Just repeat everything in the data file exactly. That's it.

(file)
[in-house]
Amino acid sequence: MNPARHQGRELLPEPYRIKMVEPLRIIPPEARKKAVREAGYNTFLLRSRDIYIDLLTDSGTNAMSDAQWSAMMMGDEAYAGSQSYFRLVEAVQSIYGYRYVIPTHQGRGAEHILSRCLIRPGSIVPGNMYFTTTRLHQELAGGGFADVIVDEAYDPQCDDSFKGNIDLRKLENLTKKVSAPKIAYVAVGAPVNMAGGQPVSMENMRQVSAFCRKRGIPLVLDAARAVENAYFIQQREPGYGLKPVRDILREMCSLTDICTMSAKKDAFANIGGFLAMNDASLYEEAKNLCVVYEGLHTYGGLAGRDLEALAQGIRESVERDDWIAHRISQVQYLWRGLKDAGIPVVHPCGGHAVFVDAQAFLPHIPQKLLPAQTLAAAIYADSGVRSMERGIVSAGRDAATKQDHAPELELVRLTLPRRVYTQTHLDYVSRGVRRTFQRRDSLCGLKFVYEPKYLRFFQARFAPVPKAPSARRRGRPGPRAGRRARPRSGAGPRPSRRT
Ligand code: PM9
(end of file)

[in-house]
Amino acid sequence: MNPARHQGRELLPEPYRIKMVEPLRIIPPEARKKAVREAGYNTFLLRSRDIYIDLLTDSGTNAMSDAQWSAMMMGDEAYAGSQSYFRLVEAVQSIYGYRYVIPTHQGRGAEHILSRCLIRPGSIVPGNMYFTTTRLHQELAGGGFADVIVDEAYDPQCDDSFKGNIDLRKLENLTKKVSAPKIAYVAVGAPVNMAGGQPVSMENMRQVSAFCRKRGIPLVLDAARAVENAYFIQQREPGYGLKPVRDILREMCSLTDICTMSAKKDAFANIGGFLAMNDASLYEEAKNLCVVYEGLHTYGGLAGRDLEALAQGIRESVERDDWIAHRISQVQYLWRGLKDAGIPVVHPCGGHAVFVDAQAFLPHIPQKLLPAQTLAAAIYADSGVRSMERGIVSAGRDAATKQDHAPELELVRLTLPRRVYTQTHLDYVSRGVRRTFQRRDSLCGLKFVYEPKYLRFFQARFAPVPKAPSARRRGRPGPRAGRRARPRSGAGPRPSRRT
Ligand code: PM9